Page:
By DONALD PORTER
Good roles for women are so few and far between that it’s something of an event when a film like “Used People” comes along.
Basically a tale of women whose lives have been made miserable by their associations with men, “Used People” is offbeat and quirky, offering no easy conclusions or solutions for its characters. It’s also a film about loosening up after the tragedy of divorce and death, and the consequences of freeing oneself, or refusing to.
Shirley MacLaine plays Pearl, the cranky widow and matriarch of an eccentric New York City clan. Imagine the character she played in “Terms of Endearment” and you’re in synch.
Pearl’s marriage was not a good one. Her husband, Jack, provided financially for the family, but the relationship between husband and wife wasn’t close or loving. Now, on the day of his funeral, an Italian named Joe (Marcello Mastroianni) – a casual acquaintance of Jack’s – has interrupted the family gathering to ask Pearl for a date.
Joe’s inappropriate but genuinely affectionate advances trigger a chain reaction in Pearl’s family, eventually causing the members of the dysfunctional brood to confront their myriad problems.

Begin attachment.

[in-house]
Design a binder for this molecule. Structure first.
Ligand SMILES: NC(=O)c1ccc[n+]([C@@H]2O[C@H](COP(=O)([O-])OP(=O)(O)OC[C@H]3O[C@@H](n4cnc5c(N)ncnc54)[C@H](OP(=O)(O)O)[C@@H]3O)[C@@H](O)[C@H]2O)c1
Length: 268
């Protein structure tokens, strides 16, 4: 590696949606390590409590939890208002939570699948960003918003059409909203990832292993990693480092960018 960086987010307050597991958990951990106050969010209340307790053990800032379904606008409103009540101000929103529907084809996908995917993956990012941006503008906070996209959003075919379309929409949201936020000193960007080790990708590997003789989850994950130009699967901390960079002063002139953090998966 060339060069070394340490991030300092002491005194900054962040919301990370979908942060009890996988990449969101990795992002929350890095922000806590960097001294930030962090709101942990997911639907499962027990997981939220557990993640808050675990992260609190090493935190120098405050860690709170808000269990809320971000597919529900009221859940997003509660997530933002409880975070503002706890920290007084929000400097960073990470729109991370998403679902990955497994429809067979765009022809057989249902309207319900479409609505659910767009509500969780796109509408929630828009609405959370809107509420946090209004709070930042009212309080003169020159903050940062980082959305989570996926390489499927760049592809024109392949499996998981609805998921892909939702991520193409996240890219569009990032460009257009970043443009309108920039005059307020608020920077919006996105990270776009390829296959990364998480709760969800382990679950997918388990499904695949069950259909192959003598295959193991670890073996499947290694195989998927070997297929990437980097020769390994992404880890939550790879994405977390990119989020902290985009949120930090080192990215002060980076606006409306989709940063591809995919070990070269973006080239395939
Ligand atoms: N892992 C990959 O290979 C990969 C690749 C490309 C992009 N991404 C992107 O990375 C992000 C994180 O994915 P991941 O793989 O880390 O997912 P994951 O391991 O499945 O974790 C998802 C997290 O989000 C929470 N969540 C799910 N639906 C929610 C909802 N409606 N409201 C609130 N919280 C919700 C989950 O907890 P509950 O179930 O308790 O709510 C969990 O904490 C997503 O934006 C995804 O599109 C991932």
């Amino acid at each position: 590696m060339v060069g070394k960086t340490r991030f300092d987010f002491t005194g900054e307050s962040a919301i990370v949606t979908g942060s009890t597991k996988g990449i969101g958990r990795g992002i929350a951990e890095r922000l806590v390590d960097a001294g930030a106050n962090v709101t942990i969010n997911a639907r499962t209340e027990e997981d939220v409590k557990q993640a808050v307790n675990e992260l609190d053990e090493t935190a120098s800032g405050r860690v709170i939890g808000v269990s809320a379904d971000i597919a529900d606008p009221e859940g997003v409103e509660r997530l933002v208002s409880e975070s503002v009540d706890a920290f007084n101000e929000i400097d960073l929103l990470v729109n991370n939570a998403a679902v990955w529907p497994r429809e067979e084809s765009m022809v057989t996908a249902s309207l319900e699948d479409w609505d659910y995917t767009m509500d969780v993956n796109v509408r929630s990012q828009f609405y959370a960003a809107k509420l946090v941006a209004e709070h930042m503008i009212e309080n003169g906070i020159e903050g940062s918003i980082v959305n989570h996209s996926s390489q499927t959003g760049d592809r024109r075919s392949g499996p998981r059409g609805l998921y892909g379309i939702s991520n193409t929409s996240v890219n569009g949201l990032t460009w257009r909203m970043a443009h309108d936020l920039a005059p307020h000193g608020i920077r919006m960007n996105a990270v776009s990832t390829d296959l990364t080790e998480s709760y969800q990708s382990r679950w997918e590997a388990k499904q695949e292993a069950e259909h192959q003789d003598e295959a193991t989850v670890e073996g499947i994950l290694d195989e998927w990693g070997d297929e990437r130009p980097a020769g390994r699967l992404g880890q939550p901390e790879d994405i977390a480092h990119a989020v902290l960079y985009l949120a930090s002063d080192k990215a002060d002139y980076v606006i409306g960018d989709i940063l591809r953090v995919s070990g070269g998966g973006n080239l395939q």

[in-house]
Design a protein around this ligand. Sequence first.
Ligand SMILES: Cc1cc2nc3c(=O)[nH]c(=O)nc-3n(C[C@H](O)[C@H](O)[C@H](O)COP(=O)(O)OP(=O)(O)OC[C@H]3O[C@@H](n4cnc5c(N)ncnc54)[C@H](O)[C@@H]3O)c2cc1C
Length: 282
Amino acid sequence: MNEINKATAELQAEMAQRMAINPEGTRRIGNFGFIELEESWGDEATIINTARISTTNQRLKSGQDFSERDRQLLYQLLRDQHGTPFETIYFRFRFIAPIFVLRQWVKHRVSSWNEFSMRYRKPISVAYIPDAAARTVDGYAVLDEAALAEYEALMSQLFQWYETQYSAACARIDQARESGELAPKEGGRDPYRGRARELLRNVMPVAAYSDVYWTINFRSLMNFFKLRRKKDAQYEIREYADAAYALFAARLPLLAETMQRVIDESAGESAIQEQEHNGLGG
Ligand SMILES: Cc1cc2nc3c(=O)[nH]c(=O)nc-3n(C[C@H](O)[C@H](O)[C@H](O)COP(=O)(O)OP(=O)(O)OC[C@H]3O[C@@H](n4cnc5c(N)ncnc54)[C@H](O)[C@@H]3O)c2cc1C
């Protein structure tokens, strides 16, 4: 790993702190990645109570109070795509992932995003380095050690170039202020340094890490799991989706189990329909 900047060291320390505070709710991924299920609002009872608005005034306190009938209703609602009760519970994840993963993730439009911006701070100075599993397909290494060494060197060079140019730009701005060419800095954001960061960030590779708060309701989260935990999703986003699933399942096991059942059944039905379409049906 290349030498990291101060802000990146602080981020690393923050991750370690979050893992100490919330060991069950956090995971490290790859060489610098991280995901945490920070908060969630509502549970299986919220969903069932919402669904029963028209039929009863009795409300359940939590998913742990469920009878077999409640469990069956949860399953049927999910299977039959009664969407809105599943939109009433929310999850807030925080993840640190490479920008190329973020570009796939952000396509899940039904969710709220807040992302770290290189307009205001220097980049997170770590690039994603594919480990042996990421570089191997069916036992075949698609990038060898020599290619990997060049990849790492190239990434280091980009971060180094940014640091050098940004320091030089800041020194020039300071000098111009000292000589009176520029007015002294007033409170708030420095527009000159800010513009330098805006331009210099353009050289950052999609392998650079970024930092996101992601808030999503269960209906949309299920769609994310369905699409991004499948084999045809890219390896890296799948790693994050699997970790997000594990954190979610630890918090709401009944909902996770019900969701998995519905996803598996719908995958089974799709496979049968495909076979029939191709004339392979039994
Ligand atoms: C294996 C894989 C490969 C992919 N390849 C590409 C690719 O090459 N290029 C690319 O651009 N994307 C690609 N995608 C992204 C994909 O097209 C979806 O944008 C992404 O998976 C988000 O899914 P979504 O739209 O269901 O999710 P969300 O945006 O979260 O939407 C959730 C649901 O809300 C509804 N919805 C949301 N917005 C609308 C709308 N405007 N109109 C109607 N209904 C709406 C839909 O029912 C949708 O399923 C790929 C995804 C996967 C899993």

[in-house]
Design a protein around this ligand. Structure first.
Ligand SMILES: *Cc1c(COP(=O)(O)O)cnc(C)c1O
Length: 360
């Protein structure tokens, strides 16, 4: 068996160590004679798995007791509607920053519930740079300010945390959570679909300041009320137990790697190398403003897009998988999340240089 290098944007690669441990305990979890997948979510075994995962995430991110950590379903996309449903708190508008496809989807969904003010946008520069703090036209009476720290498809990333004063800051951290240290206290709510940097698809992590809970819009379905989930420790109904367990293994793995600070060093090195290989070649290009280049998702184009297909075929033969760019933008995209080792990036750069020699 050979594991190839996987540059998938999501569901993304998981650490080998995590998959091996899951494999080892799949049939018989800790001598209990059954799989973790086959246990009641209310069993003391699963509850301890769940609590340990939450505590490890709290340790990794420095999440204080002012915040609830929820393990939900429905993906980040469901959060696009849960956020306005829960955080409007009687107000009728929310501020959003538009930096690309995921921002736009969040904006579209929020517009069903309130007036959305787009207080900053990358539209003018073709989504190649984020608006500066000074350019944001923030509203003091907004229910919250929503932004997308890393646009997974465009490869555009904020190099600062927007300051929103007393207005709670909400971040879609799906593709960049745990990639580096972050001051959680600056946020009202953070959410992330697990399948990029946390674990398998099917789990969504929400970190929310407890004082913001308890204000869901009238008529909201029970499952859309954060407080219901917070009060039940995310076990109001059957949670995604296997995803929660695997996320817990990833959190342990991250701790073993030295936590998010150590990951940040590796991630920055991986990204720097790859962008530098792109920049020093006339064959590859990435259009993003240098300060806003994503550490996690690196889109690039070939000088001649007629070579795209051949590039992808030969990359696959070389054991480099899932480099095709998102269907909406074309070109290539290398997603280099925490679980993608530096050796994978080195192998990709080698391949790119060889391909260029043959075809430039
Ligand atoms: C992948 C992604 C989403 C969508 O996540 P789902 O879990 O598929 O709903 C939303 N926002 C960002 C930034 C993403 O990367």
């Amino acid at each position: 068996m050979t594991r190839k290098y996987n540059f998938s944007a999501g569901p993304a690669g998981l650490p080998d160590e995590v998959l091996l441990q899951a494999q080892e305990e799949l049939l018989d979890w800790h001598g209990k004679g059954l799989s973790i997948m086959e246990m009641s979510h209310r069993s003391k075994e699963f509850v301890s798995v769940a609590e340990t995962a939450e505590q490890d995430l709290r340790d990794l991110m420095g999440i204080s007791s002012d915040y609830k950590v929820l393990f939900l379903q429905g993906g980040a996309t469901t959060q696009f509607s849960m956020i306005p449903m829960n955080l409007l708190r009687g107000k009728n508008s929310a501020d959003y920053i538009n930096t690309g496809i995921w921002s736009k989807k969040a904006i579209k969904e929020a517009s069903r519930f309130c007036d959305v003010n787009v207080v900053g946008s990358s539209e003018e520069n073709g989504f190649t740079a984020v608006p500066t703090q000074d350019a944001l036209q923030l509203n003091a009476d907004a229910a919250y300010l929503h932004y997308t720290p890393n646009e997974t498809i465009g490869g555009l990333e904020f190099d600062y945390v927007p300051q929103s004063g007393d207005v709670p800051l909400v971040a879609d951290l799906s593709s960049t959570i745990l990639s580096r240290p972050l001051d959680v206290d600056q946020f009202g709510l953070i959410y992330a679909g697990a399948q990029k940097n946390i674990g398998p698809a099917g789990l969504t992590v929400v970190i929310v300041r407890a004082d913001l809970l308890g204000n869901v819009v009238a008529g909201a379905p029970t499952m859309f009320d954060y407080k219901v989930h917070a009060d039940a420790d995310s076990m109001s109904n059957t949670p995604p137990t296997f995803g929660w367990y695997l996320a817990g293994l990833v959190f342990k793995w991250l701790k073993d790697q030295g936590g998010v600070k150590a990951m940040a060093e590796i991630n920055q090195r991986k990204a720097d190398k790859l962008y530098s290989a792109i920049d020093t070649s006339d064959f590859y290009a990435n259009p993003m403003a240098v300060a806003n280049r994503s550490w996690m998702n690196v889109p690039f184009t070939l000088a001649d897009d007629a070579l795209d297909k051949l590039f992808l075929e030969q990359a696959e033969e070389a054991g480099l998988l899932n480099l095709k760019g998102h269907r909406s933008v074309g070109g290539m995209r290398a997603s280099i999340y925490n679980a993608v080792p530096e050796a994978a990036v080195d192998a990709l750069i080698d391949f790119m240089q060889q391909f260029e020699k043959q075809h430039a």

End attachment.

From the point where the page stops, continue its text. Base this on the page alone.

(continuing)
There’s Bibby (Kathy Bates), whose weight problem and failed marriage have been a constant source of friction between herself, Pearl and sister Norma (Marcia Gay Harden).
Norma, on the other hand, has taken flight from the depression surrounding the death of one of her children by masquerading as a series of movie stars: Marilyn Monroe, Barbra Streisand and Audrey Hepburn among them. In turn, her surviving son, nicknamed Sweet Pea (Matthew Branton), has retreated into a delusion of his own, believing he has become invincible.
The calming character in this combustible mix is Joe, the love-sick romantic. He pleads with Pearl to cast aside her doubt and apprehension, and to go with her heart – to for once in her life be daring and carefree. His philosophy has a rippling effect on the other characters, including Frieda and Becky, played by Jessica Tandy and Sylvia Sydney, two longtime friends who disagree about almost everything. Soon, everyone’s thinking about change and taking chances.
Some have compared “Used People” to “Moonstruck.” While it’s not as dramatically cohesive or rigidly plotted as that film, “Used People” does have its charms – primarily contained in the odd assortment of characters.
The script by sometime actor Todd Graff – who also wrote the screenplay for the upcoming American remake of the Dutch thriller “The Vanishing” – ranges from cute to sarcastic to wacky. And director Beeban Kidron joins in the fun by employing more close-ups than a Sergio Leone Western.
“Used People” is a nice alternative to the kiddie-driven movie marketplace. Imagine that, a movie made for adults.
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